BMW just wrapped up its annual Innovation Days here in Munich, and in addition to detailing its new modular engines (turbocharged three-, four- and six-cylinder powerplants), showing off a range of lightweight components and discussing the possibility of equipping a future EV with a range-extending engine, BMW revealed plans for a new adaptive transmission based on its current eight-speed gearbox.
Utilizing GPS mapping, a wireless data connection, Dynamic Stability Control (DSC), front and rear-mounted cameras and radar sensors, the transmission can adapt its shifting pattern and power delivery to suit road conditions.
So, let's say you're heading out on the road and it's raining. The data connection pulls in the most recent weather information, the DSC takes in the coefficient of friction of the road and then restricts power to avoid wheel spin. With the integrated GPS, the system can detect the next curve, recognize you're in Sport mode and downshift into a lower gear to perfectly suit the bend you're about to bomb.
The range of applications is only limited by the amount of data the system can pull in and process, and while BMW wouldn't divulge when this technology would hit production, there's a good chance that the next iteration of the 7 Series could benefit from the system and then filter down throughout BMW's range. Check out the gallery below for a series of illustrations showing the system in action and get more details in the press blast after the break.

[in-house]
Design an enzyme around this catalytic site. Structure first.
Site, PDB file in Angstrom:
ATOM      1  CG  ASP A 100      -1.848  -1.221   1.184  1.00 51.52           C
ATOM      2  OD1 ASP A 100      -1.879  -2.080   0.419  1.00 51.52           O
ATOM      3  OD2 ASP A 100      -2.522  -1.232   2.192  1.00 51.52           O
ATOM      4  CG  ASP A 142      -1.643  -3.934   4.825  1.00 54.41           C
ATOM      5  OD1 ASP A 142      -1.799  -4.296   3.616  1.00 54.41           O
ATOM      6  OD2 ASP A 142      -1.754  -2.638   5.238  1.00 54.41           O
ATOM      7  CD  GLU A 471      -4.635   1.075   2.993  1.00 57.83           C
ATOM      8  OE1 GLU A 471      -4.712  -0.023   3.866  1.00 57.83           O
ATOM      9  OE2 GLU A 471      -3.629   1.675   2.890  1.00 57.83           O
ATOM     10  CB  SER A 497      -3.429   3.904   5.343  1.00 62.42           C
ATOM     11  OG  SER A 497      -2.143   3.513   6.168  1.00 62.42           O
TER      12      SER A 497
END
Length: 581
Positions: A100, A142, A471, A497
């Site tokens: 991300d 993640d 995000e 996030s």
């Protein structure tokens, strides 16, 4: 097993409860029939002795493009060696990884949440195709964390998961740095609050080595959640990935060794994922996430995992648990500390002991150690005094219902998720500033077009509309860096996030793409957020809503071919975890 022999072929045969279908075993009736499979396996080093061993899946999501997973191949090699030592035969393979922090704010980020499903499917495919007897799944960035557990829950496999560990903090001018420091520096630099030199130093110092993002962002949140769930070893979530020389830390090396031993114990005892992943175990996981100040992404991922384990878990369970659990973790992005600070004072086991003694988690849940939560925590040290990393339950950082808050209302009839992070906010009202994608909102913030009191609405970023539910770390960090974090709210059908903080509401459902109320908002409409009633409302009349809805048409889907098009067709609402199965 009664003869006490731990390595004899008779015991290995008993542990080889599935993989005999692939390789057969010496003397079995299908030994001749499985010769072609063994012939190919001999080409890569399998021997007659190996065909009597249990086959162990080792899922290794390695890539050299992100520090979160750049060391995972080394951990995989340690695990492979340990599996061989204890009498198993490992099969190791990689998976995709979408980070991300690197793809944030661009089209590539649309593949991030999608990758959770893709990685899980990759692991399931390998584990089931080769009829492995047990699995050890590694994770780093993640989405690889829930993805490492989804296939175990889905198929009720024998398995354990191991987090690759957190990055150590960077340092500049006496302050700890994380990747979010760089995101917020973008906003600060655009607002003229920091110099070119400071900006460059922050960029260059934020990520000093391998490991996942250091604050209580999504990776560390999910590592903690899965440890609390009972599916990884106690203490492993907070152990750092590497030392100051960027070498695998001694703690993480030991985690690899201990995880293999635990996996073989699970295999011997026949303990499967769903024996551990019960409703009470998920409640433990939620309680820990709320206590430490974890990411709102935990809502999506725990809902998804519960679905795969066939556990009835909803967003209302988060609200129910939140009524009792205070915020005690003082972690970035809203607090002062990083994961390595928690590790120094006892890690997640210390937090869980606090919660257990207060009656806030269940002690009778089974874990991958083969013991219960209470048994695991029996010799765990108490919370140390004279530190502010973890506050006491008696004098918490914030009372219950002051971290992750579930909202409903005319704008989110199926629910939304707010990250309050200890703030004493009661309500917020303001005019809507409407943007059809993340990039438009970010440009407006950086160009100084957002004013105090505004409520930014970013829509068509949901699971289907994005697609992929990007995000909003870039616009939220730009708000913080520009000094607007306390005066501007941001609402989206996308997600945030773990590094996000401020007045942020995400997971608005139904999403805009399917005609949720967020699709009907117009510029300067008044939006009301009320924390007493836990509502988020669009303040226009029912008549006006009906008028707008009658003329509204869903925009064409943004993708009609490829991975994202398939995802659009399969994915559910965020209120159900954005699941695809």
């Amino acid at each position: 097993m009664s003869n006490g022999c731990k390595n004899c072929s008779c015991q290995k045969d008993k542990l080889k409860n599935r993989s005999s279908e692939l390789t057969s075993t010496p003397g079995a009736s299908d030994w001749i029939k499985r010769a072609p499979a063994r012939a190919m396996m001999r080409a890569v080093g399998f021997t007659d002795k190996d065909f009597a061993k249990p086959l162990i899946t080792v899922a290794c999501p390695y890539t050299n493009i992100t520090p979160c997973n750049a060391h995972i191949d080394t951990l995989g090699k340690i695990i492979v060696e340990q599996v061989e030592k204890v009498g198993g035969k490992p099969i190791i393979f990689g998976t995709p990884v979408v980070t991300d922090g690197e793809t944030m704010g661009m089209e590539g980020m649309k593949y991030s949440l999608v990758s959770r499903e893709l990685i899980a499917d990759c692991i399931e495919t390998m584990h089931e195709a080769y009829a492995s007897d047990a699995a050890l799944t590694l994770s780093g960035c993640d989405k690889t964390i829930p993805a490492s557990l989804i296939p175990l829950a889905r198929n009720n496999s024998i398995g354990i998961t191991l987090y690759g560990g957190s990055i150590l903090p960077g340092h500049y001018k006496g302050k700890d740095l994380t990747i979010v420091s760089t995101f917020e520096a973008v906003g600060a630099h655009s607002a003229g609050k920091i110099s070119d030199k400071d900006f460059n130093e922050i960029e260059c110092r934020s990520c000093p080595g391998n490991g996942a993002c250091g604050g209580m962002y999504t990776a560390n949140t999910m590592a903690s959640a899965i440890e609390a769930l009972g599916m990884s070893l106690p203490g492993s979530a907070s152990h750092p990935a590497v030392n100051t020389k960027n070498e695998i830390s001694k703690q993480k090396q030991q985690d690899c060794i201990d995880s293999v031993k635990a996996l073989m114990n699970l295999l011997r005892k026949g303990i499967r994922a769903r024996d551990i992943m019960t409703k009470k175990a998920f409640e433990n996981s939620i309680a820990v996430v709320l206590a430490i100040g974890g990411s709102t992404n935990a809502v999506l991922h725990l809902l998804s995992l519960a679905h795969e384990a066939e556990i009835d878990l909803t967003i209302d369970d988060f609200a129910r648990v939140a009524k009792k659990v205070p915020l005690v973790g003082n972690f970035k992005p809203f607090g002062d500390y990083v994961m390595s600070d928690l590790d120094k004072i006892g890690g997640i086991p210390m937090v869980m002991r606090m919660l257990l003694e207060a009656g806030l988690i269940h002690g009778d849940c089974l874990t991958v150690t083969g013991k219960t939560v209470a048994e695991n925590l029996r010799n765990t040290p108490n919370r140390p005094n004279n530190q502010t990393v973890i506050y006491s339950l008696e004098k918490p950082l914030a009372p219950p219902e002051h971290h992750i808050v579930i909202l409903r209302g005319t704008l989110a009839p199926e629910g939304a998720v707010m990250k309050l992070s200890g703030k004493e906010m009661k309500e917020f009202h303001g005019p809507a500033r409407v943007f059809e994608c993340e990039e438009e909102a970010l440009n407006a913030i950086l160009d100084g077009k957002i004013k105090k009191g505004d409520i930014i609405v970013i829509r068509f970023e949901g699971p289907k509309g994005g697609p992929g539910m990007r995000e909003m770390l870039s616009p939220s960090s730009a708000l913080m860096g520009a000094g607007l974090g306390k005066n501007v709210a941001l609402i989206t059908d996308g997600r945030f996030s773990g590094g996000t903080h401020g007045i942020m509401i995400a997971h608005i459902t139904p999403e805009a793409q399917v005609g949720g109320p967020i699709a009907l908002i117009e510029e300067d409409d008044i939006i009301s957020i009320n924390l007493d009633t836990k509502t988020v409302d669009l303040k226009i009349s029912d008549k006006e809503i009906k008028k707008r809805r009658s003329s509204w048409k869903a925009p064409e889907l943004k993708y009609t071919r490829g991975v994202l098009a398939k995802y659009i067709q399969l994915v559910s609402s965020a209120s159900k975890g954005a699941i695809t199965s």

As a result of further development there is now the possibility to adapt gearshift commands given by the transmission control system to each driving situation even more flexibly and at the same time more accurately. The anticipatory transmission control system currently in the advance development stage utilises, in addition to the driver's intention, further information to take into consideration road surface conditions, road topology as well as the traffic situation when selecting the ideal gear. For this purpose, the transmission control system is linked to both the DSC (Dynamics Stability Control) function as well as the navigation system in the initial stage. In the configuration levels that follow, a link-up with the cameras utilised for the driver assistance systems or radar and additional sensors respectively is under consideration.
The data provided by the DSC sensors pertaining to the road surface friction coefficient help the system particularly in the case of low friction coefficients to prepare optimally for the typical control intervention during the acceleration phase that follows. Using the data provided by the navigation system, it is possible to determine the radius of a bend long before it is approached. Based on this information the transmission control system then determines with even greater accuracy the gear required for a smooth driving manoeuvre and confident acceleration out of the bend. Moreover, using information provided by cameras and radar sensors and pertaining to the traffic situation ahead of the vehicle, it will in future be possible to determine for example the required amount of deceleration and adapt the drive management to each specific situation.
In practice and thanks to this anticipatory control system, the automatic transmission adapts remarkably accurately to the situation-related requirements and demands of the driver. As a result of the complexity of the factors taken into consideration by the control system, the automatic transmission selects the appropriate gear similarly as foresighted as an experienced driver using a manual gearbox. It assists the driver with fast and appropriate response, which immediately leads to an increase in driving pleasure and optimised efficiency. Hence, the interaction between driver and vehicle reaches a new dimension.